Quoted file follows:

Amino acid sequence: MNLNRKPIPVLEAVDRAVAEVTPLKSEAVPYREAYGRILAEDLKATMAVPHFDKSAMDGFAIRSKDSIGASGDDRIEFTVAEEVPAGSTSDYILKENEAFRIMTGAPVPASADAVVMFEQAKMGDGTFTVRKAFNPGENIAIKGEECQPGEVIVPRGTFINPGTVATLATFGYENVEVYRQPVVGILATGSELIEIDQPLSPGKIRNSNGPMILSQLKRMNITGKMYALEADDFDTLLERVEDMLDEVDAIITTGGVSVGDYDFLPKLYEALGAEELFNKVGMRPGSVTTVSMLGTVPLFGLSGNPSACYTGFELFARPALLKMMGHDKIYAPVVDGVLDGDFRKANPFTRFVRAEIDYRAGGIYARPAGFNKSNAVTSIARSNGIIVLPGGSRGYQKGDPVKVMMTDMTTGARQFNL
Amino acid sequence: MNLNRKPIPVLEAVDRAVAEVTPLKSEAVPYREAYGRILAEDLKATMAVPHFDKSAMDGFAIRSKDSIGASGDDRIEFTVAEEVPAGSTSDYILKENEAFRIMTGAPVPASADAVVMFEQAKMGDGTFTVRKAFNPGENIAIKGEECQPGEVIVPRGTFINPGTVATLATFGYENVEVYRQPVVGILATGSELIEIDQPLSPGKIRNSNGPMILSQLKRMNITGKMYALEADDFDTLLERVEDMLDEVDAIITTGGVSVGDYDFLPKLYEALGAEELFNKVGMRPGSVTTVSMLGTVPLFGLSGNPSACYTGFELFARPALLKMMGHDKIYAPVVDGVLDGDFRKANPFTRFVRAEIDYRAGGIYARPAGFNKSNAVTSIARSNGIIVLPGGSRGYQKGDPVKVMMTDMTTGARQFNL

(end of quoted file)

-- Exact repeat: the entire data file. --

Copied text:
Amino acid sequence: MNLNRKPIPVLEAVDRAVAEVTPLKSEAVPYREAYGRILAEDLKATMAVPHFDKSAMDGFAIRSKDSIGASGDDRIEFTVAEEVPAGSTSDYILKENEAFRIMTGAPVPASADAVVMFEQAKMGDGTFTVRKAFNPGENIAIKGEECQPGEVIVPRGTFINPGTVATLATFGYENVEVYRQPVVGILATGSELIEIDQPLSPGKIRNSNGPMILSQLKRMNITGKMYALEADDFDTLLERVEDMLDEVDAIITTGGVSVGDYDFLPKLYEALGAEELFNKVGMRPGSVTTVSMLGTVPLFGLSGNPSACYTGFELFARPALLKMMGHDKIYAPVVDGVLDGDFRKANPFTRFVRAEIDYRAGGIYARPAGFNKSNAVTSIARSNGIIVLPGGSRGYQKGDPVKVMMTDMTTGARQFNL
Amino acid sequence: MNLNRKPIPVLEAVDRAVAEVTPLKSEAVPYREAYGRILAEDLKATMAVPHFDKSAMDGFAIRSKDSIGASGDDRIEFTVAEEVPAGSTSDYILKENEAFRIMTGAPVPASADAVVMFEQAKMGDGTFTVRKAFNPGENIAIKGEECQPGEVIVPRGTFINPGTVATLATFGYENVEVYRQPVVGILATGSELIEIDQPLSPGKIRNSNGPMILSQLKRMNITGKMYALEADDFDTLLERVEDMLDEVDAIITTGGVSVGDYDFLPKLYEALGAEELFNKVGMRPGSVTTVSMLGTVPLFGLSGNPSACYTGFELFARPALLKMMGHDKIYAPVVDGVLDGDFRKANPFTRFVRAEIDYRAGGIYARPAGFNKSNAVTSIARSNGIIVLPGGSRGYQKGDPVKVMMTDMTTGARQFNL